“How are you guys settling in?”
John leaned closer to the camera on their modified cart. The cart had easily handled the eighty miles of rocky and difficult terrain and Zelenka’s liquid shock absorbers had saved the equipment from any heavy bumps. However, the equine-horsish creatures they’d borrowed to pull it were both worn out. John suspected they were too tired to graze.
“Rodney is having geekgasms, so I assume the walk was worth it. Is Zelenka having any luck figuring out why this gate is killing anything mechanical that comes through?” John asked Walter—or he asked the tiny picture of Walter on the monitor mounted to the cart. John would have felt a little guilty about lying to Walter, but he was almost sure Walter knew the whole thing was a set up. Hell, he might even know what it was a setup for. Walter had his ways, mysterious ways that were beyond the understanding of mere humans.
“No, sir. He theorizes it’s an anti-Wraith weapon the Ancients might have been experimenting with, but he can’t figure out the code, and he warned General Helms that trying to deactivate it could shut down the gate permanently.”
“That would be bad. I’m stuck here with Ronon and Rodney. Don’t you fuck with that gate, Walter.” John put on his best threatening face. Walter just grinned. They’d served together on Atlantis for over a decade, so Walter knew when John was just bitching. Besides, John was retired, so technically he wasn’t in Walter’s chain of command and couldn’t threaten him.
“General Helms might have ordered research to continue, only Zelenka warned that the gate could blow up if there was any sort of anti-tampering device embedded. I believe Dr. Knight vetoed that.”
“Good to know,” John said. Dr. Knight might be the new IOC representative, but he was almost decent. He certainly didn’t have any more issues than any other IOC leader sent since Elizabeth had retired during her difficult second pregnancy. Of course John suspected that her resignation had also been timed to screw over the Chinese representative, but he hadn’t quite understood how. He stayed away from politics. And since the U.S. military had given him the choice of transfer or retirement, he could officially ignore any and all politicians because technically John was just one more civilian consultant.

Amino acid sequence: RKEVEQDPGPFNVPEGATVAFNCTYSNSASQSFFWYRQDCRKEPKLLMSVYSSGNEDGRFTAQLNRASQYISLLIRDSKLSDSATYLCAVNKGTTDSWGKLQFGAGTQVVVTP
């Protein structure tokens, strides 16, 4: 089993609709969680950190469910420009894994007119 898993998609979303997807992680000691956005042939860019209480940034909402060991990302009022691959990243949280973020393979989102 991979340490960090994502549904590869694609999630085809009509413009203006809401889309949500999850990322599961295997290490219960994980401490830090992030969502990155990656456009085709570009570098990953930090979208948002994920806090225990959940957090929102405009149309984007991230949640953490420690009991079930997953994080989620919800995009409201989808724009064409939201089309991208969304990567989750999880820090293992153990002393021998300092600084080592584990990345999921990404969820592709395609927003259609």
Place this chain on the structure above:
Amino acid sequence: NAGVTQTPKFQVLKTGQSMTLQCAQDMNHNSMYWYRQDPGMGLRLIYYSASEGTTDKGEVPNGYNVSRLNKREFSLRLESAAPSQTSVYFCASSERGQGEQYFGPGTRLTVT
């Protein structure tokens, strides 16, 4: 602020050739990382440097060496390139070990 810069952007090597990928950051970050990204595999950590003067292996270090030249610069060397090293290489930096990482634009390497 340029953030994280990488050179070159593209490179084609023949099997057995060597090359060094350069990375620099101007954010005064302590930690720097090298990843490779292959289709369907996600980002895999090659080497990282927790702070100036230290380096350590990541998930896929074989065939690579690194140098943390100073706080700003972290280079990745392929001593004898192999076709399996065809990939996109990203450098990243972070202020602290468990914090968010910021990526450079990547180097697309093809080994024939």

Sure, everyone still called him ‘General,’ and he had to encourage certain individuals to actually follow General Helms’ orders, but as a retiree, he had taken over O’Neill position as the unofficial meddler behind the scenes who would claim ignorance any time the shit started flying.
It was kinda nice.
“Is that Mr. Sheppard checking in?” someone on Walter’s side asked.
John tried to pretend that Dr. Knight’s habit of stripping John of his rank didn’t matter. Knight was used to dealing with civilians, and since he rarely saw John in uniform, he likely didn’t understand the protocol. The graying beard probably didn’t help much, but twenty eight years in the service, he was enjoying being able to get a little scruffy. Since his hair was still mostly black with a few hints of silver, the pure gray beard had been a shock, but John wasn’t insecure about his age, so he didn’t shave.
“Yes, sir,” Walter said. “They’ve reached the facility.”
Dr. Knight’s face appeared over Walter’s shoulder. “Has Dr. McKay determined the feasibility of bringing the place online?” he asked. Considering that they’d only been on site for an hour, that was a uniquely stupid question. Knight was lucky Rodney wasn’t around to hear it.
“Not yet,” John said. “There’s a lot of damage, but we had the computer working for about five minutes, and he’s almost sure there are schematics here.”
“Of what?” Knight certainly looked interested at that bit of news. Unsurprising, really. IOC representatives tended to have very short tenures if they didn’t show results. Elizabeth had held the chair for sixteen years. And once she retired, the IOC had sent Galvani, Lepel, Warming, that short guy with the mustache, Lamarck, Bowler, Sarastro, Peters, Myall, Siegmund, and Overmeyer. The mustache guy had the record for briefest tenure at three days. Lamarck had held out for a whole eight months. At the three month mark, Knight was running out of time to impress someone.